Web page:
PRAIRIE GROVE — Longtime Prairie Grove coach Kevin Froud resigned as head coach of the girls basketball team along with his teaching position from the district on Tuesday, May 31.
Froud, who compiled an 346-187 overall record in 18 seasons of coaching the Lady Tigers highlighted by winning the 2010 Class 4A state championship and two State Runner-Up finishes in 2011 and 2013, completely walked away from the district.
“I felt my time here is spent and done so I’m moving on to another stage in my life,” Froud said in a phone interview on Thursday.
He said he was not forced out and wanted to leave on his own terms.
Froud plans to continue working in education in some form although he said he it would not be coaching. He may work in an transportation aspect.
He felt a sense of relief when he turned in his resignation, then drew inspiration the next morning while listening to a pair of podcasts, one entitled, “Heaven is Cheering You On,” and another themed around it’s time for a new beginning.
“It was the good Lord telling me it was time,” Froud said. “The good Lord has his hand on things. I slept a lot better when I did it.”
In a June 1, 2022, replay of a sermon originally preached in 2011, Joel Osteen conveyed a message the most successful basketball coach in the history of Prairie Grove girls basketball could relate to, essentially telling listeners, “You have home court advantage in God’s Kingdom. You are not running alone. The heroes of faith are cheering you on. Your best days are still ahead, and together we can make a difference in this world with the message of God’s hope and love.”
The timely encouragement Froud drew seemed to provide a confirmation he had done what’s best for him and his family while struggling with the prospects of getting out of coaching and leaving his employment.
Froud gave no indication of getting hung up on that issue. He plans to continue working on the family farm at Greenland while carrying on his father’s legacy on the same land now worked by a second generation including Froud’s brother and sister.
“I’m blessed with my farm. I’ve been blessed with a lot of good teams, a lot of good players and good relationships,” Froud said.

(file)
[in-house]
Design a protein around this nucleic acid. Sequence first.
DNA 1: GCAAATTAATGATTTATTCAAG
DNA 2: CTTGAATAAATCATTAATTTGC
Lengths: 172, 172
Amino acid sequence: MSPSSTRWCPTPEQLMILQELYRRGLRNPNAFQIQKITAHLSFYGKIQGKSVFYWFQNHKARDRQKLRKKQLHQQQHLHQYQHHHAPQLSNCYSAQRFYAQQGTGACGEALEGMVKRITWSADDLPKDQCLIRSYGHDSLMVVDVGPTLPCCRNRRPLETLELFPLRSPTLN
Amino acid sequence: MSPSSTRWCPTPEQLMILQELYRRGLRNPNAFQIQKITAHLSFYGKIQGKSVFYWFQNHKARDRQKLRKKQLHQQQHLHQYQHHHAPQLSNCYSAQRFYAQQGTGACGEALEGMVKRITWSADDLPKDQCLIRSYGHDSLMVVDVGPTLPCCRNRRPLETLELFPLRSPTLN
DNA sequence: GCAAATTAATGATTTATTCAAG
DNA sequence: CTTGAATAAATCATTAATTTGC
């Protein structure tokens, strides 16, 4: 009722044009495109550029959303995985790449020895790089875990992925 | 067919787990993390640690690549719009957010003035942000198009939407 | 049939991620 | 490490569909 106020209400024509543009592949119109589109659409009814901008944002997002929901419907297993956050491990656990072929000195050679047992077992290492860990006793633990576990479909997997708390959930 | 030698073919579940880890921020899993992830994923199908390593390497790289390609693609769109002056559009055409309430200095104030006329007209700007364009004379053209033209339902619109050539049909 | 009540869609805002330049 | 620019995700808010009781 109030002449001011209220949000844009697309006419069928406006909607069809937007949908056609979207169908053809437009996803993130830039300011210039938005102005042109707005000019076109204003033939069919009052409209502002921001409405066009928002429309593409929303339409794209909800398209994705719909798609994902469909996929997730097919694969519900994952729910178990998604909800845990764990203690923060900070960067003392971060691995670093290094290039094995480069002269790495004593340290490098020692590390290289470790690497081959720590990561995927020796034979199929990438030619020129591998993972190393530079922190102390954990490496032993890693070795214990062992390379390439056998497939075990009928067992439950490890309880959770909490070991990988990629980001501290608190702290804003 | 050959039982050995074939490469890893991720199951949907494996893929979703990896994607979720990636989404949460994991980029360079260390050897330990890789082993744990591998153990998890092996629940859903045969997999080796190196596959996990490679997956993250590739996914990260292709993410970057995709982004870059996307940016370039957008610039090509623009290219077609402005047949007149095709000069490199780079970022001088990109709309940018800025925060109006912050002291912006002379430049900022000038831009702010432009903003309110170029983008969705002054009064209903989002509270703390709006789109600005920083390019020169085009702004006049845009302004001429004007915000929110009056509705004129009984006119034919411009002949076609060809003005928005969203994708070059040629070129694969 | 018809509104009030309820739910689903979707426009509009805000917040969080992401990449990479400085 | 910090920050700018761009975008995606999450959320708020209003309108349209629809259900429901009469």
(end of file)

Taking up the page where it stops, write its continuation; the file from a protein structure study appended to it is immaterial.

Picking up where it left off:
Froud’s personal lifestyle will become drastically altered from what he’s been accustomed to while growing older with a sport he’s been deeply fond of his prolonged involvement with, first as a youth player, then on to junior high, high school and college followed by 23 years of coaching.
“For the first time in 40 years I’ll have a winter I’m not going to be doing something with basketball. It’ll be different,” Froud said.
Perhaps the ultimate compliment Froud received during his tenure as Prairie Grove girls basketball coach came from retired Huntsville Hall of Fame coach Charles H. Berry.
Froud and the Lady Tigers had just defeated Berry and the Lady Eagles to win the 4A North Regional championship season when Berry said that was the worst team he’d ever seen win the regional.
He sort of mirrored that type of achievement this past season, 2021-2022 in what became Froud’s last at Prairie Grove. The Lady Tigers struggled during the regular season, finishing in the basement among the 4A-1 standings with a 4-8 conference record only to explode in the postseason. The Lady Tigers placed fourth in the tournament district at Pea Ridge, qualifying for regionals hosted by Farmington, then battled their way into the regional finals, finishing as 4A North Regional Runner-up to Farmington.
Prairie Grove continued its hot streak at state, winning twice to advance to the Class 4A State semifinals where they ran into Farmington once again and concluded a fine season.
“This year we had a very average record but we got hot at the right time,” Froud said.
The Lady Tigers concluded the regular season with a 12-10 overall record but finished 19-14 with a strong postseason run all the way to the Class 4A State semifinals.
Froud landed his first head coaching job at Hector where he coached for two seasons. In the 1999-2000 season Froud led Hector to a 24-7 record. The next year Hector went 21-5. The team won conference championships and district tournament titles while finishing as regional runner-up the first season and as regional champion in Froud’s second year.
Froud’s career totals in 20 seasons as a head coach make him a likely prospect for the hall of fame with 391 wins against 199 losses, eight conference championships, eight district tournament titles and three district tournament runner-up placings, 15 regional appearances, six regional district tournaments crowns and three regional runner-up finishes, 13 state tournament appearances with five trips to the state semifinals.